Recently this blog covered the scandal of Ohio’s so-called “dropout-recovery” charter schools, a scandal that has been exposed by Doug Livingston of the Akron Beacon Journal.  These schools offer students who have dropped out or are in danger of dropping out the opportunity to sit in a cubicle with a computer for four hours each day to recover enough credits to graduate from high school.  The state pays the dropout-recovery schools for all the students who are supposedly enrolled, but the dropout rate at these schools is higher than at any other secondary schools in the state, and the state keeps on paying for several weeks after the students stop attending.  Livingston has demonstrated that these schools are, in fact, driving up Ohio’s high school dropout rate.

Livingston writes, “Absenteeism tops the reasons why students drop out; charter schools continue to collect tax dollars for more than a month while they are gone.” “Administrators call it churning’ or ‘school hopping’—when student drop out, disappear for months and then return.”  “The state requires that students who are absent or truant for more than 23 days be taken off school rolls, but during that 23 days, the state reimburses the school. Livingston explains: “There were more than 11,000 removals for truancy last year, meaning taxpayers paid for perhaps 253,000 days of no student instruction, or the equivalent of 1,400 empty desks for an entire school year.”

So, what happened in the new mid-biennium budget review bill signed by the governor this week?  The state, according to the Plain Dealer‘s Larkin, has already been wasting money paying for students up to age 22 to attend “dropout recovery” charters that themselves account for 66 percent of Ohio’s high school dropouts.  The new bill allows such students to continue at White Hat Life Skills Academies and the state’s other designated “dropout recovery schools,” at state expense, until they are nearly 30 years old.  While this may sound like a good way to give young adults a second chance, it is far from the ideal plan.  Governor Kasich himself had already proposed a better state program that would, at state expense, enable community colleges and career-technical schools more suited for adults to begin serving Ohio’s adult high school dropouts who have already earned at least ten credits toward high school graduation.

Here is how the Plain Dealer‘s Larkin describes the story of what happened as the legislation was crafted: “The House approved paying White Hat and other schools $5,000 per student to attend schools that have ‘already failed’ those students.  Recognizing this as a total scam, the Ohio Senate removed that language from the bill.  Unfortunately, when legislators met to reconcile the differences, the House version resurfaced.”  On Monday, when Governor Kasich failed to use the line-item veto he is permitted in a budget bill, he preserved the House’s reward for David Brennan.

In a short editorial update, the Akron Beacon Journal comments: “The Republican majority in the House, led by Speaker William Batchelder, pushed for the provision, the item resurfacing in the conference committee.  What explains its presence, if not the merits?  The speaker invites the impression of his team doing the bidding of David Brennan, an influential donor to Republicans whose White Hat Management includes in its portfolio the operation of dropout recovery programs.  So a set of charter schools with a lousy record of achievement now has an additional avenue to public money.”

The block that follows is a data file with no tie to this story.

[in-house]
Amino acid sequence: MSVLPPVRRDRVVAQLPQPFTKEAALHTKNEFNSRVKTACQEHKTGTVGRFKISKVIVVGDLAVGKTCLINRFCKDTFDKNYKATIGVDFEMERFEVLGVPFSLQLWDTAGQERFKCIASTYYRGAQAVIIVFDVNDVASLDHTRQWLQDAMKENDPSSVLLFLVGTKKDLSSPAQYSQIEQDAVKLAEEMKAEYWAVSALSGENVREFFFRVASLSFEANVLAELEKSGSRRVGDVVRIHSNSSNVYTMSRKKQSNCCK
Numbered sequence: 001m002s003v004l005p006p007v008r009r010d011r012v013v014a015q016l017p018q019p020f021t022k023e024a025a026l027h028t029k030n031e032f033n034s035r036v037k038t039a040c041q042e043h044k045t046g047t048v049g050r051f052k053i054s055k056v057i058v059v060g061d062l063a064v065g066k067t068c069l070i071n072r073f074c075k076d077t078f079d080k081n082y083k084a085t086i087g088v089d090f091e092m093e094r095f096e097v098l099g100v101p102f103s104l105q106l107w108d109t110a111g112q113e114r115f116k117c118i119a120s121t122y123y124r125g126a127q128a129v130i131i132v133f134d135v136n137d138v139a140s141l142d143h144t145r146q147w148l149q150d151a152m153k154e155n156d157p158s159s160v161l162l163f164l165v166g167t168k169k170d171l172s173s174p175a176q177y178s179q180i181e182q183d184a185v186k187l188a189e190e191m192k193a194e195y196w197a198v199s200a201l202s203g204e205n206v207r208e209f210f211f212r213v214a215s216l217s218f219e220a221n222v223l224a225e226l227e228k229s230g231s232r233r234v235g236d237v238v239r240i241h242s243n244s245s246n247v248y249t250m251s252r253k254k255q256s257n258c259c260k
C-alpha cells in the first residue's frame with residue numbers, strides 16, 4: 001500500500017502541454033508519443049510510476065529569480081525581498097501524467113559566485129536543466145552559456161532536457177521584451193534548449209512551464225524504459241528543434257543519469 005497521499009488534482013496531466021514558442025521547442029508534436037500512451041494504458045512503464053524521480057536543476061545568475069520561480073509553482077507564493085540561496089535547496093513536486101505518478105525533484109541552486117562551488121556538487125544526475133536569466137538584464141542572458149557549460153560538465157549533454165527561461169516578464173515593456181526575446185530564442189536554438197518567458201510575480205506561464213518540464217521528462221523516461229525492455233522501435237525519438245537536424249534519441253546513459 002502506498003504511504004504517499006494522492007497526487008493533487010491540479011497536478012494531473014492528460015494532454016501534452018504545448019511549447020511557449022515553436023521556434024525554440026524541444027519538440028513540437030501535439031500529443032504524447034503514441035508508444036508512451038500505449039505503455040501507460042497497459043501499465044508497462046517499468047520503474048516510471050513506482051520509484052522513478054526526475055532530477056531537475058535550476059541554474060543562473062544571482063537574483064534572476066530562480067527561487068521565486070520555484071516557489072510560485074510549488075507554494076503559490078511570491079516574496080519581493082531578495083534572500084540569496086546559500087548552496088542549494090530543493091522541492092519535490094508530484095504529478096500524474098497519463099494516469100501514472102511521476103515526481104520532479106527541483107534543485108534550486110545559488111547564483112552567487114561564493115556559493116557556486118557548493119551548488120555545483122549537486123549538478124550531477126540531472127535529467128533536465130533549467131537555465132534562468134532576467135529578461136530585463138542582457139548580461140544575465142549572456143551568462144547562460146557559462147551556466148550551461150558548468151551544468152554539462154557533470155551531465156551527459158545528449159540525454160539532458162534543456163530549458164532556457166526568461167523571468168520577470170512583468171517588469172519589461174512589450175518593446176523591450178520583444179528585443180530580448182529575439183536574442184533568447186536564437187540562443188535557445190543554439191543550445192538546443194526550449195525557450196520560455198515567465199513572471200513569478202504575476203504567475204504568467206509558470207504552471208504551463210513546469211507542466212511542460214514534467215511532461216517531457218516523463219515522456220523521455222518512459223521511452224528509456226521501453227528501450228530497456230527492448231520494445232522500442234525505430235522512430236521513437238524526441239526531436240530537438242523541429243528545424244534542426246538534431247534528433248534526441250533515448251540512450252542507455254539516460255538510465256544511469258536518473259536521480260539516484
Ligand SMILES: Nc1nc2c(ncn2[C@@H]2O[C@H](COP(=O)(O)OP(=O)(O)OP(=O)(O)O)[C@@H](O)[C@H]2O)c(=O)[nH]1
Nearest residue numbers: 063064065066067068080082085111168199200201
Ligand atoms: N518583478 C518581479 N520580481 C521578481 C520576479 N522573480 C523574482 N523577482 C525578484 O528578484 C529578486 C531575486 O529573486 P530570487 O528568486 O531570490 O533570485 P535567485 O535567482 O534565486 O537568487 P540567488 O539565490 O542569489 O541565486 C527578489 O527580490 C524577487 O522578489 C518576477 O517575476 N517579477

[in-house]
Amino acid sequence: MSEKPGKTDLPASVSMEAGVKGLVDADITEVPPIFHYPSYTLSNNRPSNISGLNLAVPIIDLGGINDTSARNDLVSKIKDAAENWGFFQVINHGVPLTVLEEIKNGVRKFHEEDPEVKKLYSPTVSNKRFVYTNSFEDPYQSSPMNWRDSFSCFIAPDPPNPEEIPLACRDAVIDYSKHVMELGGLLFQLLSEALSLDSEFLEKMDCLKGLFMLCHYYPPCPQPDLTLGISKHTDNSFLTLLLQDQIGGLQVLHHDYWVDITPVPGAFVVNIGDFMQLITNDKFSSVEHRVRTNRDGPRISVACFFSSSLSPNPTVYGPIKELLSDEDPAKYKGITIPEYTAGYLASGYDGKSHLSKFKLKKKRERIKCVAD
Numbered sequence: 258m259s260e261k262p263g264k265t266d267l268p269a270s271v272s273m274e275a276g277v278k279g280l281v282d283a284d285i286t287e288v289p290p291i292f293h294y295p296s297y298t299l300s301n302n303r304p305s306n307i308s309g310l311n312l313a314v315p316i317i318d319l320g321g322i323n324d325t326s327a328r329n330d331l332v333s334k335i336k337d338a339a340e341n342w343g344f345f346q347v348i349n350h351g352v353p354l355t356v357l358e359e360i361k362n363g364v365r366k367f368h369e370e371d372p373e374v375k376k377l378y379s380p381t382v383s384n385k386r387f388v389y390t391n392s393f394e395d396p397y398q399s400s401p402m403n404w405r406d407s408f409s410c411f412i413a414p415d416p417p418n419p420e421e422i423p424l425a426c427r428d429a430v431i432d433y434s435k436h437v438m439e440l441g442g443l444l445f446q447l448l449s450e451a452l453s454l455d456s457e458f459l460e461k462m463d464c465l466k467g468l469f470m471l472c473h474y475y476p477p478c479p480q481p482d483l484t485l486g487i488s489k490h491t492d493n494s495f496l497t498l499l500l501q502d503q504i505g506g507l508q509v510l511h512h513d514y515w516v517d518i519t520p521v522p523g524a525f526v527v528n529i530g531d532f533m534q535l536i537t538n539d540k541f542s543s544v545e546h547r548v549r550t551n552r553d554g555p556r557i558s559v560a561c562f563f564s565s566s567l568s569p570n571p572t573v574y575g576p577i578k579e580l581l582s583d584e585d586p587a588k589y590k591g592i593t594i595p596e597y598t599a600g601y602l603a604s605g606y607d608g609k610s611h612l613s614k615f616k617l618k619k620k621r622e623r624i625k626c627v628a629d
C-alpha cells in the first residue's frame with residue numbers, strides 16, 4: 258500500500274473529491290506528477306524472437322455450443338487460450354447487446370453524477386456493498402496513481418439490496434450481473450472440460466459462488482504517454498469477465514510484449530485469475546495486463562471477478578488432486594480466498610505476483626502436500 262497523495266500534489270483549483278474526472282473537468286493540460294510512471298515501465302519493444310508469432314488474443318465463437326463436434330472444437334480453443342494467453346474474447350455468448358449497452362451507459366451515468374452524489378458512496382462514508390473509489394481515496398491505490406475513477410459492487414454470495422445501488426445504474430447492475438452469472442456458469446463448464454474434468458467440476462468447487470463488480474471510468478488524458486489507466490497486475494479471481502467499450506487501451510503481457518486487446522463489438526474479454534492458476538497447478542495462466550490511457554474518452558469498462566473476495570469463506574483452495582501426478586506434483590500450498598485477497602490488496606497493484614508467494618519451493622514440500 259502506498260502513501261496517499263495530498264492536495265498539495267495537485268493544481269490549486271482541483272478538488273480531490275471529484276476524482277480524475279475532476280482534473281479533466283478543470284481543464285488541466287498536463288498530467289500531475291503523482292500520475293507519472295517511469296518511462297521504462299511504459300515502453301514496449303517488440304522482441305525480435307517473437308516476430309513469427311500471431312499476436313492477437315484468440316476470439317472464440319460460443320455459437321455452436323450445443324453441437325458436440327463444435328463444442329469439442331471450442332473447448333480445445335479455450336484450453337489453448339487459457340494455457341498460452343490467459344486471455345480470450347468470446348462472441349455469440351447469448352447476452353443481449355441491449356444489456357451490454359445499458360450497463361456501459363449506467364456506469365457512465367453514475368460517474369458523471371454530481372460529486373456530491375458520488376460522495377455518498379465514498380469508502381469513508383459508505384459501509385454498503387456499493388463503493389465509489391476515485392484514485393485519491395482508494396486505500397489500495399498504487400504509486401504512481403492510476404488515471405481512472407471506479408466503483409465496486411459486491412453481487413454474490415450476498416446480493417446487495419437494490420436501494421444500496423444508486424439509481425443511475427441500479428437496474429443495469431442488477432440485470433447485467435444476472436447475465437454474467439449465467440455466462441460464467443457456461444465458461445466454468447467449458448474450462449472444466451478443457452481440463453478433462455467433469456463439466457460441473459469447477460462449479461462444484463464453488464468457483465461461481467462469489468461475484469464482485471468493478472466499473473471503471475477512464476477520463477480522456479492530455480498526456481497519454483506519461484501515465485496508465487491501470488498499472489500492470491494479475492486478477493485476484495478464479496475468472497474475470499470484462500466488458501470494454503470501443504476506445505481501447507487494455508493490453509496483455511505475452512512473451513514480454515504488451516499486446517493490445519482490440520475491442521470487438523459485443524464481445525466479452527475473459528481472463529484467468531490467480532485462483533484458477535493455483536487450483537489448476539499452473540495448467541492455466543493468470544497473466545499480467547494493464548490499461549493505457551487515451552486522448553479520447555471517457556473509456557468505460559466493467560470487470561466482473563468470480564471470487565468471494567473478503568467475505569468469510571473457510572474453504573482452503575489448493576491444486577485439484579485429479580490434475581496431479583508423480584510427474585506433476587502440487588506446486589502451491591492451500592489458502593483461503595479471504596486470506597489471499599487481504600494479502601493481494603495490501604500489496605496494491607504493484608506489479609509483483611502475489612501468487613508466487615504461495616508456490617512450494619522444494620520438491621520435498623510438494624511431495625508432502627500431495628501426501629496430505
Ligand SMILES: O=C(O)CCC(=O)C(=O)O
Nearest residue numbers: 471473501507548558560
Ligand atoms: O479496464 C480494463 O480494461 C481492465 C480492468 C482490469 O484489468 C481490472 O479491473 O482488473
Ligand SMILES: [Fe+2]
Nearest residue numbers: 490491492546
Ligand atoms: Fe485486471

Ohio’s “Dropout Recovery” Charters Increase State’s Dropout Rate, Swallow Tax Dollars

Doug Livingston, the education writer for the Akron Beacon Journal and Ohio’s top education journalist, recently reported on the financial scam at Ohio’s so-called “dropout recovery” charter schools. These are the on-line charters that say they are serving Ohio’s most vulnerable adolescents while in reality they are, according to Livingston, making enormous profits while driving up Ohio’s dropout rate at the same time other states are significantly increasing the rate of high school completion.

It is, of course, true that these schools cater to students in danger of dropping out, but because of the way the state reimburses such schools, there is massive profit to be made. In  the first of his new series of articles Livingston explains that two-thirds of Ohio’s dropouts are from charter schools, the vast majority on-line academies that require students to sit in a cubicle with a computer for four hours a day.

In a table that accompanies his recent investigation, Livingston lists a dozen dropout-recovery charter schools with a graduation rate below 4 percent, two of them posting a 4-year graduation rate of zero percent. Seven of these schools are part of the Life Skills Academy network owned by politically connected David Brennan as part of his White Hat chain.  In a second piece, Livingston reports: “For 15 years, White Hat and its programs for high school dropouts have cornered an education market saturated with struggling students who often bounce from school to school. White Hat’s model—what founder and owner David Brennan held up as the alternative to government schools’ failing ‘one-size-fits-all’ approach—has spread to every major city in Ohio.”

“Absenteeism tops the reasons why students drop out; charter schools continue to collect tax dollars for more than a month while they are gone.” “Administrators call it churning’ or ‘school hopping’—when student drop out, disappear for months and then return.” “The state counts a dropout as an event, not as a person. If one student drops out three times in one year, that is three dropouts. It happens, a lot.” The state requires that students who are absent or truant for more than 23 days be taken off school rolls, but during that 23 days, the state reimburses the school. Livingston explains: “There were more than 11,000 removals for truancy last year, meaning taxpayers paid for perhaps 253,000 days of no student instruction, or the equivalent of 1,400 empty desks for an entire school year.”

Besides Brennan’s White Hat charter chain, there are two other primary players in Ohio’s cyber charter sector: The Ohio Virtual Academy, a K12 affiliate, and the Electronic Classroom of Tomorrow (ECOT) operated by William Lager, who has made a profit of over $100 million since 2001 from the two privately held companies he owns that provide all services to ECOT. The Ohio Virtual Academy and ECOT do not market themselves exclusively as dropout recovery schools.

Livingston reports: “In the 2012-2013 school year, more than 5,300 dropouts—a quarter of all Ohio dropouts that year—attended one of two online charter schools: the Electronic Classroom of Tomorrow or Ohio Virtual Academy. Collectively, these two charter schools have a dropout rate 45 times higher than traditional public schools, and 10 times higher than the state’s eight largest city school districts. Another 6,829 students—about a third of all Ohio dropouts—attended charter schools designed specifically for dropouts…. Last year, these dropout charter schools enrolled one percent of Ohio’s public school students but accounted for roughly the same number of dropout events as did public district schools, which enrolled 91 percent of Ohio’s students.”